NEWSWEEK's Sharon Begley discusses tax-free progress against global warming.
When President Obama announced plans this month to install solar panels on the White House, it wasn’t because any law required it; it was to set an example. When the U.S. military began using solar panels in Afghanistan, it wasn’t to avoid paying a carbon tax; it was because it costs $400 to $500 a barrel to transport diesel to bases there, and because hundreds of soldiers have died guarding supply lines. And when DuPont cut its energy use to 19 percent below what it was in 1990, says Linda Fisher, the company’s chief sustainability officer, by turning waste into fuel, making burners more efficient, and other steps, it wasn’t to stay on the right side of a cap-and-trade law. “We’ve saved $3 billion to $4 billion since 2000, so this is real money,” she says.
A year ago, CEOs, greens, and policy wonks were all insisting that to make any progress on greenhouse emissions, the world needed to “put a price on carbon.” De-jargoned, that means requiring manufacturers, utilities, oil refiners, and others who emit carbon dioxide by burning fossil fuels to buy permits to do so or pay a tax on their emissions. Without such a “price on carbon,” went the argument, renewables like wind and solar would never be economically competitive, and only do-gooders and showoffs would adopt them. So last year, when the Copenhagen climate talks imploded, and the U.S. Senate failed to pass a climate bill, progress should have come to a screeching halt.
It didn’t. For a long list of reasons, ranging from saving money to saving soldiers’ lives, business and government are cracking down on carbon. “It’s become obvious that [adopting low-carbon energy] is a business decision,” says Peter Boyd of the Carbon War Room, a “think tank/do tank” that works with industries to reduce their carbon footprint, “You don’t need politicians for this.” The motivations driving CO2 reductions:
Saving and making money. Energy efficiency is the easiest way to shrink a carbon footprint. Retrofits such as energy-efficient windows at the Empire State Building, which had an $11 million annual energy bill, will cut energy use 38 percent, save $4.4 million a year, and slash greenhouse emissions 105,000 metric tons over 15 years. The Sears Tower is tapping Chicago’s winds for energy and improving efficiency to cut CO2 emissions 80 percent and save millions of dollars. DuPont will make $2 billion this year (headed for $4 billion in 2012) selling products that go into photovoltaics, fuel cells, lightweight composites for transportation, and energy-efficient materials, including polymers that replace steel in vehicles, decreasing their weight and thus improving fuel efficiency, and Kevlar in tires to cut friction and improve mpg. “None of that has changed with the floundering of climate legislation in the U.S.,” says Fisher. Overall, HSBC projects that revenue from low-carbon technologies will reach $2.2 trillion globally, compared with $740 billion in 2009, says the bank’s Nick Robins.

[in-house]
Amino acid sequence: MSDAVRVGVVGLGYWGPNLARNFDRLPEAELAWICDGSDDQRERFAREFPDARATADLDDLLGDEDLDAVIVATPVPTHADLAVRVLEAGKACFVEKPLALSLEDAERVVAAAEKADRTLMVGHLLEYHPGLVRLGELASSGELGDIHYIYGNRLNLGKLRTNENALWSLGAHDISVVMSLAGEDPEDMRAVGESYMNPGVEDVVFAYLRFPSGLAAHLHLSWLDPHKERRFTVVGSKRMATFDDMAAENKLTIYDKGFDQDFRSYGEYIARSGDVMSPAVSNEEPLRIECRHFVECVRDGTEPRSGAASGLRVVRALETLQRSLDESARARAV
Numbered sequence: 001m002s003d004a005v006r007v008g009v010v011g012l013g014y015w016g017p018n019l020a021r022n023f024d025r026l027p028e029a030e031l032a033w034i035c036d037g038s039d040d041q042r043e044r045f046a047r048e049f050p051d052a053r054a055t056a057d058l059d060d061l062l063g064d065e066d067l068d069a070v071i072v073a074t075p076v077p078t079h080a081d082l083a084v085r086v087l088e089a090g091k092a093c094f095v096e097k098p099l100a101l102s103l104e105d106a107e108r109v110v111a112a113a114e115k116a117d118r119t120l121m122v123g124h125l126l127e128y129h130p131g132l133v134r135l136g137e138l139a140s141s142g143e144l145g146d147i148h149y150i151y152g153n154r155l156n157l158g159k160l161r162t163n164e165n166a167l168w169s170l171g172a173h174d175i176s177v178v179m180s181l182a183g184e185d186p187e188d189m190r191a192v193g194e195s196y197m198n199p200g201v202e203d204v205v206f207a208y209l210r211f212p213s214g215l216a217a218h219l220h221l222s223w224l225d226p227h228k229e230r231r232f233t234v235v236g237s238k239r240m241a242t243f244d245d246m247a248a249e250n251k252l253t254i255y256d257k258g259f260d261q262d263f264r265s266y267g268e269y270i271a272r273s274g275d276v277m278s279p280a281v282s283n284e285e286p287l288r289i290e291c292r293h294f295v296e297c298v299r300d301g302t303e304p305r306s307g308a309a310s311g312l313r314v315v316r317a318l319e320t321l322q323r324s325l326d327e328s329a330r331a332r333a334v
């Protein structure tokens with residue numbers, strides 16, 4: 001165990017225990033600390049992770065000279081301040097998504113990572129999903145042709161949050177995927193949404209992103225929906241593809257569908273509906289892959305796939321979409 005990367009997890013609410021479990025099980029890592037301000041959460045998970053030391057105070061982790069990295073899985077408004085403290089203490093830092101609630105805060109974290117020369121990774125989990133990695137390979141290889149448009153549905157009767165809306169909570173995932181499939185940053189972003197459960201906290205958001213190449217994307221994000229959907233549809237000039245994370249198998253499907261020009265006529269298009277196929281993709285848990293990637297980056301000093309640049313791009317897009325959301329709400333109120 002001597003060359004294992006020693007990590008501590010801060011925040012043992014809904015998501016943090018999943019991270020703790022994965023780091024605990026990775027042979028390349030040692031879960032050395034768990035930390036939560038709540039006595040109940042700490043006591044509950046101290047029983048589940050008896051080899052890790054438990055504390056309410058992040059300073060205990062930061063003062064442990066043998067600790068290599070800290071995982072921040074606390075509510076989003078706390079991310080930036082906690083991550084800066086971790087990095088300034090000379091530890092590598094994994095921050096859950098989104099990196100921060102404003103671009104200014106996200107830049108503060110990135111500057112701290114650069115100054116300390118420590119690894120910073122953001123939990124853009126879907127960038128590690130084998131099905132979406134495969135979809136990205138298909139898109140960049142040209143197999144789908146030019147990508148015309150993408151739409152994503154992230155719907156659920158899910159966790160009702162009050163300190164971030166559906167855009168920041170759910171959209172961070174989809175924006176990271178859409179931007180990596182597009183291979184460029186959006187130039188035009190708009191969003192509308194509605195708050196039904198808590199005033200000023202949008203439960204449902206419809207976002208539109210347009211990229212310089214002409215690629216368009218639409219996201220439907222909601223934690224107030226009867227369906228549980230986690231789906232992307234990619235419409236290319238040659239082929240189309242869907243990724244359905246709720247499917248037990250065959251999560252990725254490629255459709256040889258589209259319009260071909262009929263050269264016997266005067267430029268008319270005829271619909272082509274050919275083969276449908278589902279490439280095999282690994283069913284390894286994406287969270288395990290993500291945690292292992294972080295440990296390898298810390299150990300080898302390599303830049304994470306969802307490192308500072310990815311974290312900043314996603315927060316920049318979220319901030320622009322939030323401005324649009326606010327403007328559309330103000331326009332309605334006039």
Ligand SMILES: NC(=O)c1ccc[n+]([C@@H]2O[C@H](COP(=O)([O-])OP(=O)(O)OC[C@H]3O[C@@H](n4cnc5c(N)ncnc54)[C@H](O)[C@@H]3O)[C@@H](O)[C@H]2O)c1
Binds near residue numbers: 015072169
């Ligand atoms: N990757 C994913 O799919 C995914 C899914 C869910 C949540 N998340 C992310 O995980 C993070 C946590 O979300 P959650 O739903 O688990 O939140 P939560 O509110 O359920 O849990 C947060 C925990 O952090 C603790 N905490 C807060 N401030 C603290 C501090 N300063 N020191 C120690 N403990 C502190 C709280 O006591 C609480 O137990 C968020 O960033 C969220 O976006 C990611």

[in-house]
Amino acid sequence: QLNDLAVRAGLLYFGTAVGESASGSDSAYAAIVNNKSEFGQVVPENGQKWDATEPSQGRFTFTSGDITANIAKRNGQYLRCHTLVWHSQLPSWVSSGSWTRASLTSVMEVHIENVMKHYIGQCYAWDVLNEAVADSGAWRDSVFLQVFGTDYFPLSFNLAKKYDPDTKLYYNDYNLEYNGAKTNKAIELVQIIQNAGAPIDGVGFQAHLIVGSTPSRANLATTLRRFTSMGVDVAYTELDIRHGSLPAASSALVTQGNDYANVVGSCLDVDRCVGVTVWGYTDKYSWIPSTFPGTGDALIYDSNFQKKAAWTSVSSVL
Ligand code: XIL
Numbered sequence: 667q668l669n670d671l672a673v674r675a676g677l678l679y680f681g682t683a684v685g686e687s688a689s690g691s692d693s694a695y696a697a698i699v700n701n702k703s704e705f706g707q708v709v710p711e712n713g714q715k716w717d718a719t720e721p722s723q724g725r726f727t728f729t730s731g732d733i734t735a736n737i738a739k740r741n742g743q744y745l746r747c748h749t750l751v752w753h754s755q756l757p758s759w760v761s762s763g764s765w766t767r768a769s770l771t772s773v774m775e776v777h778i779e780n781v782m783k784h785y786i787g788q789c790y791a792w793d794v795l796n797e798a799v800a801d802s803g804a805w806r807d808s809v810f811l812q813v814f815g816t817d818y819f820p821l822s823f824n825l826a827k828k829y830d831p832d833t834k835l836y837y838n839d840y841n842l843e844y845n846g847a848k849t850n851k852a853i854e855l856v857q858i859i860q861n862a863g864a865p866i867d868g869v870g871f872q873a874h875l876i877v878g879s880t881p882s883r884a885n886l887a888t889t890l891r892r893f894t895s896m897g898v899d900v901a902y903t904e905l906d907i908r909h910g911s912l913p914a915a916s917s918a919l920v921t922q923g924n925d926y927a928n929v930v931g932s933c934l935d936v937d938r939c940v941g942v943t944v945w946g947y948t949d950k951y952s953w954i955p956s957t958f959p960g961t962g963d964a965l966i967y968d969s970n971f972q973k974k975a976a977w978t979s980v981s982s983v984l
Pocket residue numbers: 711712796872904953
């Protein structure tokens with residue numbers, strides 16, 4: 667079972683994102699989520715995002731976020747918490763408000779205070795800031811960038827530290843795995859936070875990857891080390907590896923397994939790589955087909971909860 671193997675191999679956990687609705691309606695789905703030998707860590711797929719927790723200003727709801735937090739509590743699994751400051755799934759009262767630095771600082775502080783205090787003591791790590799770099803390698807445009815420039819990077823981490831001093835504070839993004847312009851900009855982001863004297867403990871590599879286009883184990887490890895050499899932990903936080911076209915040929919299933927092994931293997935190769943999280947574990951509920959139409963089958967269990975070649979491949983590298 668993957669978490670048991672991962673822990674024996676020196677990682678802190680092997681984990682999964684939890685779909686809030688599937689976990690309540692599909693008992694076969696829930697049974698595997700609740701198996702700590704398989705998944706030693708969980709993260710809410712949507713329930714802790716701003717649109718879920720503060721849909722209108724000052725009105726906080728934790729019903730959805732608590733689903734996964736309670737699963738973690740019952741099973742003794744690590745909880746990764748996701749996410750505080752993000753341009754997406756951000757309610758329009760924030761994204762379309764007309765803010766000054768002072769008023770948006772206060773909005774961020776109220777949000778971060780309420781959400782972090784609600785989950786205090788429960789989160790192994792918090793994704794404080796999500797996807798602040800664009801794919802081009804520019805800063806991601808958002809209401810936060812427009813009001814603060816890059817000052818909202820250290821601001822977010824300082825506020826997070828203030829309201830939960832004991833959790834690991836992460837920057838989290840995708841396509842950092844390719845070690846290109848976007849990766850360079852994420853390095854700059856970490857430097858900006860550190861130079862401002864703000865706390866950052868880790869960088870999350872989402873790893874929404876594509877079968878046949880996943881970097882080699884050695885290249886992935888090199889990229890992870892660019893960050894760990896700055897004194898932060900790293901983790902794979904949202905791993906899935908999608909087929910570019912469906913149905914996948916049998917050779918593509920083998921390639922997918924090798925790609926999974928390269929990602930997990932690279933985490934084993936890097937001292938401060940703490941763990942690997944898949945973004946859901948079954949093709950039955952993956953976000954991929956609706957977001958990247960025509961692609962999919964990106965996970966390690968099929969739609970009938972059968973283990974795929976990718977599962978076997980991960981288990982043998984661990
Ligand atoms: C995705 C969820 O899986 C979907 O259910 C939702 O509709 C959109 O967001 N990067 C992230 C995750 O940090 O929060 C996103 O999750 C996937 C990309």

Reputation risk. Next March, the EPA will require large emitters of CO2 to report their emissions. “No company wants to wind up on a list of top-10 worst polluters,” says Matt Arnold, in the sustainability practice at PricewaterhouseCoopers. “Even without a price on carbon, reducing your footprint helps with some investors and with recruiting.” No wonder 70 percent of the S&P 500 have greenhouse-gas-reduction targets.
The Walmart effect. The giant retailer sets sustainability requirements for suppliers and manufacturers. “We find that Walmart is the most powerful environmental regulator in the market,” says Arnold.
Peak oil. Although investors fled solar and wind after oil plunged from its $145-a-barrel high of 2008, “there is still an expectation on the part of investors that things will get worse” as we reach peak oil, says Jigar Shah, CEO of the Carbon War Room. Awareness of future supply problems creates an implicit price on carbon and thus an incentive to invest in renewables. In addition, he argues, “solar is inevitable not because of carbon but because it is the most effective way to reach the unelectrified poor.” Much as huge swaths of Africa leapfrogged over landline phone systems to adopt mobiles, so the rural poor will go from dung and diesel to solar and wind without stopping at coal and oil.
Which is not to say the world can sit back and hope these factors avert a climate disaster. As long as fossil fuels are subsidized, renewables will not expand as quickly as needed to reduce greenhouse emissions enough to avert ruinous climate change (Pakistani-size floods, anyone?)—namely, cuts of 90 percent from today’s levels by 2050, says Daniel Kammen of the World Bank. “Without a price on carbon, we’re fighting with only one hand,” he says. But at least we’re fighting.